The iOS version of the app received several updates this season, including a new UI for all 30 team pages, player search expanded to include all active and historical players (both iPhone only), and Spanish language support. (Android, iOS, Kindle Fire)
MiLB First Pitch
If you like keeping tabs on baseball’s prospects, download MiLB First Pitch. A companion to MLB At Bat, it provides similar coverage of 150 minor league clubs with scores, stats, news, video highlights and push notification game alerts.
As with the big–league app, the basis are free but you must buy into video streams of games—both live an on-demand—and other premium offerings, but it’s the best way to scout tomorrow’s stars while following their parent clubs on TV. Platoon it with At Bat for complete coverage of your favorite team’s entire organization. (Android, iOS)
If you prefer your baseball coverage from a third-party source, it’s tough to beat ESPN’s free flagship app (formerly Scorecenter). In addition to scores and standings, it will keep you supplied with a steady stream of injury reports, contract signings, and other breaking news from around the league. Swipe over to the ESPN Now tab for social media content from ESPN writers, teams, players, and other baseball insiders.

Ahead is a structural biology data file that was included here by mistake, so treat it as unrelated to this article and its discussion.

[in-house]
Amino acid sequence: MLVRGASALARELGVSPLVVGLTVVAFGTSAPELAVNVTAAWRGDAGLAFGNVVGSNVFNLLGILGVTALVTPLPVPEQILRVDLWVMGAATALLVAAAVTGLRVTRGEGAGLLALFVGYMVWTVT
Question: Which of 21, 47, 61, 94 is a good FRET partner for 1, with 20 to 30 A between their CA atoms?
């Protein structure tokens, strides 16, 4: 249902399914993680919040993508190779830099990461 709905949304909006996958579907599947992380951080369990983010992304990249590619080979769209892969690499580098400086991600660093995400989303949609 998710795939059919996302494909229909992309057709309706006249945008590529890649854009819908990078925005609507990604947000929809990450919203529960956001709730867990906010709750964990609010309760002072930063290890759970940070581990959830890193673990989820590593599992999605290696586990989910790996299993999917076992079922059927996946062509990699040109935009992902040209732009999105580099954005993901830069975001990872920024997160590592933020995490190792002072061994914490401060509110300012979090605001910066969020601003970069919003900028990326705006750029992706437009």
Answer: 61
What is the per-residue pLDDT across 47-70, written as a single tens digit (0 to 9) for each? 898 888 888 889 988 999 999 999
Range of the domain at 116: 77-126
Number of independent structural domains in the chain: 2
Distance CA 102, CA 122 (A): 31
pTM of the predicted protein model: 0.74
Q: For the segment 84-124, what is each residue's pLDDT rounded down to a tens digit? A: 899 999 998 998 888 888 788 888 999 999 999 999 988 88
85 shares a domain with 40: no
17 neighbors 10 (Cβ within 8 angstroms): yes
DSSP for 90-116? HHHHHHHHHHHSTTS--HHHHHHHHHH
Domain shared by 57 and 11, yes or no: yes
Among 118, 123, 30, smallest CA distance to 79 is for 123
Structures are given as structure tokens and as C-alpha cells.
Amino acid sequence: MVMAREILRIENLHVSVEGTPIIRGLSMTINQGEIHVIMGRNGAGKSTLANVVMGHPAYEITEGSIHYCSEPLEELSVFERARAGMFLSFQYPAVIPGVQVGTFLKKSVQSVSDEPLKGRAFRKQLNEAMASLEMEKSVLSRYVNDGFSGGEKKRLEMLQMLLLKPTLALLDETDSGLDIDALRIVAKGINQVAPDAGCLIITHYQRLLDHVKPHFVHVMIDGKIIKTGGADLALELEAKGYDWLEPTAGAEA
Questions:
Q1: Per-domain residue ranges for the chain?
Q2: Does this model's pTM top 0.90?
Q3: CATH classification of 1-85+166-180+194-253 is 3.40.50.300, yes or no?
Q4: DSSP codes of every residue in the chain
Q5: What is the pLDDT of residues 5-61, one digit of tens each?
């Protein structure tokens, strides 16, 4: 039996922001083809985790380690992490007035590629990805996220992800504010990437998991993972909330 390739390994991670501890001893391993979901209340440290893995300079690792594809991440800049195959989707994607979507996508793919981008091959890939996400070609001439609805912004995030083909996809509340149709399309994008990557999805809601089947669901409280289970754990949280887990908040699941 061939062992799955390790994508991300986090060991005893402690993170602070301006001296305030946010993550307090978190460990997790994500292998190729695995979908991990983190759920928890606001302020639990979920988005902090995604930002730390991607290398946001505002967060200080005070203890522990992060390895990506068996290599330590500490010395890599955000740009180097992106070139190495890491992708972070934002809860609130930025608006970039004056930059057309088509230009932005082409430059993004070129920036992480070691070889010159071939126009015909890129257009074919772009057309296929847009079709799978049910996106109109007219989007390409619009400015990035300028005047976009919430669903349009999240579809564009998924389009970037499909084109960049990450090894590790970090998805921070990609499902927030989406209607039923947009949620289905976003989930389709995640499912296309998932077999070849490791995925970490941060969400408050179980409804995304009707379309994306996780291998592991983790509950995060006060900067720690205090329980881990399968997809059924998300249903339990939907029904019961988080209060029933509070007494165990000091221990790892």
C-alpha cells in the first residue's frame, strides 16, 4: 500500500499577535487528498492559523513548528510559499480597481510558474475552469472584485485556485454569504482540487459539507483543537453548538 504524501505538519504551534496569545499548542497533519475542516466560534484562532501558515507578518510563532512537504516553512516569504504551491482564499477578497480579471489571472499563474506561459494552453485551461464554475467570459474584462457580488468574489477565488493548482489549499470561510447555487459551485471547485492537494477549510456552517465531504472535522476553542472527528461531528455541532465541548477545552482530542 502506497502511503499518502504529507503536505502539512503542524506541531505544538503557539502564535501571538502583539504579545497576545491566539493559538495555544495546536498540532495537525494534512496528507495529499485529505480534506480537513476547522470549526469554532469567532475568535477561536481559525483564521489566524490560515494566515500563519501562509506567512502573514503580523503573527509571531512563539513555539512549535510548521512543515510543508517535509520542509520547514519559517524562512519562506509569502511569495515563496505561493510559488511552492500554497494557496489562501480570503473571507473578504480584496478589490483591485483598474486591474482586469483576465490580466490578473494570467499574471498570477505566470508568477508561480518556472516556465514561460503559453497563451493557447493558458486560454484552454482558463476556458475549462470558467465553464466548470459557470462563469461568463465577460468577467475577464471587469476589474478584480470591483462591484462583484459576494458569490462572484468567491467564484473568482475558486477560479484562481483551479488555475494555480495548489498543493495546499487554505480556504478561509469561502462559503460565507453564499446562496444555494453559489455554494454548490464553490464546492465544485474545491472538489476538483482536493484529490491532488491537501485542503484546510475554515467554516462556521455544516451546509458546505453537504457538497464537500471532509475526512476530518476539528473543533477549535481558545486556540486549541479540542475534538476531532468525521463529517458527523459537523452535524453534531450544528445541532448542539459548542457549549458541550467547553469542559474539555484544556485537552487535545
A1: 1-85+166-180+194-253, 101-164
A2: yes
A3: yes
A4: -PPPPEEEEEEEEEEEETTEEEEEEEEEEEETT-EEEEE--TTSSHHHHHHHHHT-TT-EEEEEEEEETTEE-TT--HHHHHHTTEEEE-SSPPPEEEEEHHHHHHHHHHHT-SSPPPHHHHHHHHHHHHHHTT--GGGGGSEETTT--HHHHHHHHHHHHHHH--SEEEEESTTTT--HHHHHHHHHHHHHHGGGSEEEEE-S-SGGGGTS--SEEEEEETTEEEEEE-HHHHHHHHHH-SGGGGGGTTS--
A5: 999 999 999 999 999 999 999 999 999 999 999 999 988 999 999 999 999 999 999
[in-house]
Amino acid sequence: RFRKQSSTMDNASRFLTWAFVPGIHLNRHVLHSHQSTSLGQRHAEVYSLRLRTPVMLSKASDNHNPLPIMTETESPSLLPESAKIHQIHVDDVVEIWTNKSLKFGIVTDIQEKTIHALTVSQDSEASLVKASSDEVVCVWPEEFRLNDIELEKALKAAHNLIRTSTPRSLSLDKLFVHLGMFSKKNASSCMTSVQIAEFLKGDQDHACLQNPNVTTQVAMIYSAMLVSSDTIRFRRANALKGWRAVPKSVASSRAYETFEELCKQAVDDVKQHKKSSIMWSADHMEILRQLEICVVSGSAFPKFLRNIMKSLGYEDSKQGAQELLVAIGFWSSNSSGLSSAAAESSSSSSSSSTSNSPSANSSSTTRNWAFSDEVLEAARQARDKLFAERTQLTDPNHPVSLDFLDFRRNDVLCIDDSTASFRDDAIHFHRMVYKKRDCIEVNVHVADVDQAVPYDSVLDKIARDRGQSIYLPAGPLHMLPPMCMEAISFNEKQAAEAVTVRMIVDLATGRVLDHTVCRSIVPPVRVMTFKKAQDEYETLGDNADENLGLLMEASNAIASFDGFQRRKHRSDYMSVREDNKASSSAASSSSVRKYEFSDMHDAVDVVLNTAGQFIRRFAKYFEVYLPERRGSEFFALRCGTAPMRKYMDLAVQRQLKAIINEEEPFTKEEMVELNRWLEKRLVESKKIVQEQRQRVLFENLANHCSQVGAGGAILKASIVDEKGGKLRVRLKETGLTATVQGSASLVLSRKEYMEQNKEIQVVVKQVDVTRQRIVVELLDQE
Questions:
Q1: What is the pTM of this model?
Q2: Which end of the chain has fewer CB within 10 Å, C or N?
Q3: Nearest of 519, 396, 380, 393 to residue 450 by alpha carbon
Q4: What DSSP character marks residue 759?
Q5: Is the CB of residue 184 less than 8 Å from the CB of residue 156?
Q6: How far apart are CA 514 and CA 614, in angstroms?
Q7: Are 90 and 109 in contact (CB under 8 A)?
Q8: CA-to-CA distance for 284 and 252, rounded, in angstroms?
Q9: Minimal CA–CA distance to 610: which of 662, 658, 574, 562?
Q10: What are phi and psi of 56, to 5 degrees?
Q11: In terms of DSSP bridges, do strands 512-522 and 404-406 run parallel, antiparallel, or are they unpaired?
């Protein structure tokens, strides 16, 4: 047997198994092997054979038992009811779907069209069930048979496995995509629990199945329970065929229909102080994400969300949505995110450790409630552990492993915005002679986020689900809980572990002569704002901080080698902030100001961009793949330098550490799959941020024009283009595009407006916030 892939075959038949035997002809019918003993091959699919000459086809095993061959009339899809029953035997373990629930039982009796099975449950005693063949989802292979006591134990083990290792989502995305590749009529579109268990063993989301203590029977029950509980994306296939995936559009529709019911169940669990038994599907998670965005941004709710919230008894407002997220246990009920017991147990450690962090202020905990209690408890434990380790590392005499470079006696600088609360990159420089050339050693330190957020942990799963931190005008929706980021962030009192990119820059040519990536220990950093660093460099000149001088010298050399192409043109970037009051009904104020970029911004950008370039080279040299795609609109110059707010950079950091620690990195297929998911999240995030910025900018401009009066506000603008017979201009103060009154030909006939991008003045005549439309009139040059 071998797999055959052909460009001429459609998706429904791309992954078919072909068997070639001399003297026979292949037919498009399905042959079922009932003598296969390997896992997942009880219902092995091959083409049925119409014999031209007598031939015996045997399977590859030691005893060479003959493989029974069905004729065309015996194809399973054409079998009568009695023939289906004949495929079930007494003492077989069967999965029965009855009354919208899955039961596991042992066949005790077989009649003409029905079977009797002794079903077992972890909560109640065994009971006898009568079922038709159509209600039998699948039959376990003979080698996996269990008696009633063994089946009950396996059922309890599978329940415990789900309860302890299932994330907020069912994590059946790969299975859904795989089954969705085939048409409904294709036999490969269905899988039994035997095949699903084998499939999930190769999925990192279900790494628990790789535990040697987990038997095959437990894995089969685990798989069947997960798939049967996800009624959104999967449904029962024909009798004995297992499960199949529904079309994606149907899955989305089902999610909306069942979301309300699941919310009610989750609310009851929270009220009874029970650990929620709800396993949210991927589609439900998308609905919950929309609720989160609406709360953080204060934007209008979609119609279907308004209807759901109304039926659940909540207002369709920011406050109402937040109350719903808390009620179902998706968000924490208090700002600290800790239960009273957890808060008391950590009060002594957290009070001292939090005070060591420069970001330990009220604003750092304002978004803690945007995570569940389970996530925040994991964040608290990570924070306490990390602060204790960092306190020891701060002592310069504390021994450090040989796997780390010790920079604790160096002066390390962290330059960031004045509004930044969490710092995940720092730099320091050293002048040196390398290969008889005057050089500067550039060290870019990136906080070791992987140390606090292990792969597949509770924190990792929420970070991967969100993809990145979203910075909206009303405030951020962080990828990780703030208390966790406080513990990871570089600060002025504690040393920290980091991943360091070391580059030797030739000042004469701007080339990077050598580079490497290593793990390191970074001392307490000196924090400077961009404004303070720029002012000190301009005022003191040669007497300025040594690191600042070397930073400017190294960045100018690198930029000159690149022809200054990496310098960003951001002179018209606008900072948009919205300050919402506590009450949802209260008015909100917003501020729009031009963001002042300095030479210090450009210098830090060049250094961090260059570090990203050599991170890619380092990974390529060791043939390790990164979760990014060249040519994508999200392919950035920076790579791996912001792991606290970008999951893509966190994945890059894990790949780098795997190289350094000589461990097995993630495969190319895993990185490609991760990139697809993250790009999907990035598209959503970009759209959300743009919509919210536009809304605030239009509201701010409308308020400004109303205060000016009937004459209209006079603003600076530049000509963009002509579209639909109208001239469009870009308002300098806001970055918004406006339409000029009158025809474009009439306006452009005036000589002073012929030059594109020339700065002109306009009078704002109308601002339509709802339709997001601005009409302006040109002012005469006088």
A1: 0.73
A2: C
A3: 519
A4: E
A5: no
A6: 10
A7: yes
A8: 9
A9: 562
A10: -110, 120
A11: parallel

Designate your favorite team and you can receive alerts before games and get the latest news and videos about your club sent directly to your ESPN inbox. Best of all, you can use the app as a second screen for other sports after the Fall Classic. (Android, iOS, Windows Phone)
Beyond the Box
Twitter has transformed the way we watch TV, particularly sports, helping us connect in real-time around our favorite teams and most hated rivals. A skillfully curated Twitter feed can make you feel like you’re watching the game with your buddies at the neighborhood bar—but sifting through the dross to assemble one can be frustrating and time consuming.